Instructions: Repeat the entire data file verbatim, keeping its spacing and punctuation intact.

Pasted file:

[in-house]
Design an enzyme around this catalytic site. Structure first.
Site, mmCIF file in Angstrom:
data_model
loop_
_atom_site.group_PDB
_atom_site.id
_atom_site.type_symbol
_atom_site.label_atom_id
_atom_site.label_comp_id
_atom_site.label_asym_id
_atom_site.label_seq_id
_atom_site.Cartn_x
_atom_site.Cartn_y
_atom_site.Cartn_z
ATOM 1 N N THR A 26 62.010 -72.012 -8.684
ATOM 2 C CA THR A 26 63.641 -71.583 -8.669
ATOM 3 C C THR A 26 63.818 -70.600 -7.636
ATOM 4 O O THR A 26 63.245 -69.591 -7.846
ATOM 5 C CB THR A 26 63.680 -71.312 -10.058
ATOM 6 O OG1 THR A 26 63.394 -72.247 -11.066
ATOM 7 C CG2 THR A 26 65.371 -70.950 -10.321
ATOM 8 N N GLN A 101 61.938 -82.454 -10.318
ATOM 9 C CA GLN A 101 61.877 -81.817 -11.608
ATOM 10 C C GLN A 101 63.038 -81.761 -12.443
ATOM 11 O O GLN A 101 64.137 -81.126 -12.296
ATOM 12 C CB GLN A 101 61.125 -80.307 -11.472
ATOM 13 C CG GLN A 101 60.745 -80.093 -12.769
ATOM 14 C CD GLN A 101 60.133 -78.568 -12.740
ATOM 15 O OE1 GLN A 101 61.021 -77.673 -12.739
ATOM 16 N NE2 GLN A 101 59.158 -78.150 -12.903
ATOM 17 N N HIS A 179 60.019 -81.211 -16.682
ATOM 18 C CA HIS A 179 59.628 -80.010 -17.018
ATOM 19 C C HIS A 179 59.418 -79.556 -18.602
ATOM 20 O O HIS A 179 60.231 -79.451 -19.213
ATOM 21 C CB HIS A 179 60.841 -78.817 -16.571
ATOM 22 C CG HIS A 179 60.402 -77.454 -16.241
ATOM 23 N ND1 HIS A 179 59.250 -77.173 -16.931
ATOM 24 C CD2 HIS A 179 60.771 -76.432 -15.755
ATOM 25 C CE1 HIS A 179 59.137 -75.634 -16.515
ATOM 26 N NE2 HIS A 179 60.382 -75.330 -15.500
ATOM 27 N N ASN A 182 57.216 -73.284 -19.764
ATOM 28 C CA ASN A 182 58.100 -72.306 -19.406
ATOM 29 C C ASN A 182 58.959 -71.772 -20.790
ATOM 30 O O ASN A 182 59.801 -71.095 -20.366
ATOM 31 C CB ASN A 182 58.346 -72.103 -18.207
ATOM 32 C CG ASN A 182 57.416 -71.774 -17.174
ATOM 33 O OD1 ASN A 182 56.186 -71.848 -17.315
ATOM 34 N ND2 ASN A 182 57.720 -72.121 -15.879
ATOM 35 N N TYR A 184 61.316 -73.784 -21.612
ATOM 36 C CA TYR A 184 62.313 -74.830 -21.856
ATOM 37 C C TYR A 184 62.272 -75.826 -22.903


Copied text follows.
[in-house]
Design an enzyme around this catalytic site. Structure first.
Site, mmCIF file in Angstrom:
data_model
loop_
_atom_site.group_PDB
_atom_site.id
_atom_site.type_symbol
_atom_site.label_atom_id
_atom_site.label_comp_id
_atom_site.label_asym_id
_atom_site.label_seq_id
_atom_site.Cartn_x
_atom_site.Cartn_y
_atom_site.Cartn_z
ATOM 1 N N THR A 26 62.010 -72.012 -8.684
ATOM 2 C CA THR A 26 63.641 -71.583 -8.669
ATOM 3 C C THR A 26 63.818 -70.600 -7.636
ATOM 4 O O THR A 26 63.245 -69.591 -7.846
ATOM 5 C CB THR A 26 63.680 -71.312 -10.058
ATOM 6 O OG1 THR A 26 63.394 -72.247 -11.066
ATOM 7 C CG2 THR A 26 65.371 -70.950 -10.321
ATOM 8 N N GLN A 101 61.938 -82.454 -10.318
ATOM 9 C CA GLN A 101 61.877 -81.817 -11.608
ATOM 10 C C GLN A 101 63.038 -81.761 -12.443
ATOM 11 O O GLN A 101 64.137 -81.126 -12.296
ATOM 12 C CB GLN A 101 61.125 -80.307 -11.472
ATOM 13 C CG GLN A 101 60.745 -80.093 -12.769
ATOM 14 C CD GLN A 101 60.133 -78.568 -12.740
ATOM 15 O OE1 GLN A 101 61.021 -77.673 -12.739
ATOM 16 N NE2 GLN A 101 59.158 -78.150 -12.903
ATOM 17 N N HIS A 179 60.019 -81.211 -16.682
ATOM 18 C CA HIS A 179 59.628 -80.010 -17.018
ATOM 19 C C HIS A 179 59.418 -79.556 -18.602
ATOM 20 O O HIS A 179 60.231 -79.451 -19.213
ATOM 21 C CB HIS A 179 60.841 -78.817 -16.571
ATOM 22 C CG HIS A 179 60.402 -77.454 -16.241
ATOM 23 N ND1 HIS A 179 59.250 -77.173 -16.931
ATOM 24 C CD2 HIS A 179 60.771 -76.432 -15.755
ATOM 25 C CE1 HIS A 179 59.137 -75.634 -16.515
ATOM 26 N NE2 HIS A 179 60.382 -75.330 -15.500
ATOM 27 N N ASN A 182 57.216 -73.284 -19.764
ATOM 28 C CA ASN A 182 58.100 -72.306 -19.406
ATOM 29 C C ASN A 182 58.959 -71.772 -20.790
ATOM 30 O O ASN A 182 59.801 -71.095 -20.366
ATOM 31 C CB ASN A 182 58.346 -72.103 -18.207
ATOM 32 C CG ASN A 182 57.416 -71.774 -17.174
ATOM 33 O OD1 ASN A 182 56.186 -71.848 -17.315
ATOM 34 N ND2 ASN A 182 57.720 -72.121 -15.879
ATOM 35 N N TYR A 184 61.316 -73.784 -21.612
ATOM 36 C CA TYR A 184 62.313 -74.830 -21.856
ATOM 37 C C TYR A 184 62.272 -75.826 -22.903